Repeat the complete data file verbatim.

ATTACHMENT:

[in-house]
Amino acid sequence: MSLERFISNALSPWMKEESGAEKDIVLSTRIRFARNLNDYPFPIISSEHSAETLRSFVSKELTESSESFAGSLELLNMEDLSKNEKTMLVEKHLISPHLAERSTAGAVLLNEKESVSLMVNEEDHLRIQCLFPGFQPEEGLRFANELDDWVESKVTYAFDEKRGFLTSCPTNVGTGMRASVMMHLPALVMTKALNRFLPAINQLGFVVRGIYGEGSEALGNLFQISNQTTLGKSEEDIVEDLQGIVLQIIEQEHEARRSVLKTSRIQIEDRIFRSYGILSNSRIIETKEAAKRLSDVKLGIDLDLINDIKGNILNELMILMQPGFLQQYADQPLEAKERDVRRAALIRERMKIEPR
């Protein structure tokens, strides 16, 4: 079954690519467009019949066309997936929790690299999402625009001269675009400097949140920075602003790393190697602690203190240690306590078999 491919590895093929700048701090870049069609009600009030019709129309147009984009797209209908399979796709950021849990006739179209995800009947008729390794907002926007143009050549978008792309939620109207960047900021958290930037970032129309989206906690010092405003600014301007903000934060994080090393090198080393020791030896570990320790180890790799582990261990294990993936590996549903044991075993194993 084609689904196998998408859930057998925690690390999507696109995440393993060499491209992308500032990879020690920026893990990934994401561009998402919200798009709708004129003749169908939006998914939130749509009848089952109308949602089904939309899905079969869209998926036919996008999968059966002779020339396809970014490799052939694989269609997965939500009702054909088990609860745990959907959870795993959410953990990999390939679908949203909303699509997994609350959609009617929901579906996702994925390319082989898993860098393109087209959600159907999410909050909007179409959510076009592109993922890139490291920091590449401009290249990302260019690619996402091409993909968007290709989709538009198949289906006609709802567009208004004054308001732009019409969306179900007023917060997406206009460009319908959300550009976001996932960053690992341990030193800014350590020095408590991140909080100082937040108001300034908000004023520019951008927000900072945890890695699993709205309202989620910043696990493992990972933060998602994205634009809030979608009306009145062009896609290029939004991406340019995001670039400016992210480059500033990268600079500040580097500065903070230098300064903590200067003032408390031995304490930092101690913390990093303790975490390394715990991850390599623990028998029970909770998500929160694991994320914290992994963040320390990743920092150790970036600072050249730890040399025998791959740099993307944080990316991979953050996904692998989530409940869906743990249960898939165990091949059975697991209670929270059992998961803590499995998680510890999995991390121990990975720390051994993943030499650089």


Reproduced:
[in-house]
Amino acid sequence: MSLERFISNALSPWMKEESGAEKDIVLSTRIRFARNLNDYPFPIISSEHSAETLRSFVSKELTESSESFAGSLELLNMEDLSKNEKTMLVEKHLISPHLAERSTAGAVLLNEKESVSLMVNEEDHLRIQCLFPGFQPEEGLRFANELDDWVESKVTYAFDEKRGFLTSCPTNVGTGMRASVMMHLPALVMTKALNRFLPAINQLGFVVRGIYGEGSEALGNLFQISNQTTLGKSEEDIVEDLQGIVLQIIEQEHEARRSVLKTSRIQIEDRIFRSYGILSNSRIIETKEAAKRLSDVKLGIDLDLINDIKGNILNELMILMQPGFLQQYADQPLEAKERDVRRAALIRERMKIEPR
């Protein structure tokens, strides 16, 4: 079954690519467009019949066309997936929790690299999402625009001269675009400097949140920075602003790393190697602690203190240690306590078999 491919590895093929700048701090870049069609009600009030019709129309147009984009797209209908399979796709950021849990006739179209995800009947008729390794907002926007143009050549978008792309939620109207960047900021958290930037970032129309989206906690010092405003600014301007903000934060994080090393090198080393020791030896570990320790180890790799582990261990294990993936590996549903044991075993194993 084609689904196998998408859930057998925690690390999507696109995440393993060499491209992308500032990879020690920026893990990934994401561009998402919200798009709708004129003749169908939006998914939130749509009848089952109308949602089904939309899905079969869209998926036919996008999968059966002779020339396809970014490799052939694989269609997965939500009702054909088990609860745990959907959870795993959410953990990999390939679908949203909303699509997994609350959609009617929901579906996702994925390319082989898993860098393109087209959600159907999410909050909007179409959510076009592109993922890139490291920091590449401009290249990302260019690619996402091409993909968007290709989709538009198949289906006609709802567009208004004054308001732009019409969306179900007023917060997406206009460009319908959300550009976001996932960053690992341990030193800014350590020095408590991140909080100082937040108001300034908000004023520019951008927000900072945890890695699993709205309202989620910043696990493992990972933060998602994205634009809030979608009306009145062009896609290029939004991406340019995001670039400016992210480059500033990268600079500040580097500065903070230098300064903590200067003032408390031995304490930092101690913390990093303790975490390394715990991850390599623990028998029970909770998500929160694991994320914290992994963040320390990743920092150790970036600072050249730890040399025998791959740099993307944080990316991979953050996904692998989530409940869906743990249960898939165990091949059975697991209670929270059992998961803590499995998680510890999995991390121990990975720390051994993943030499650089």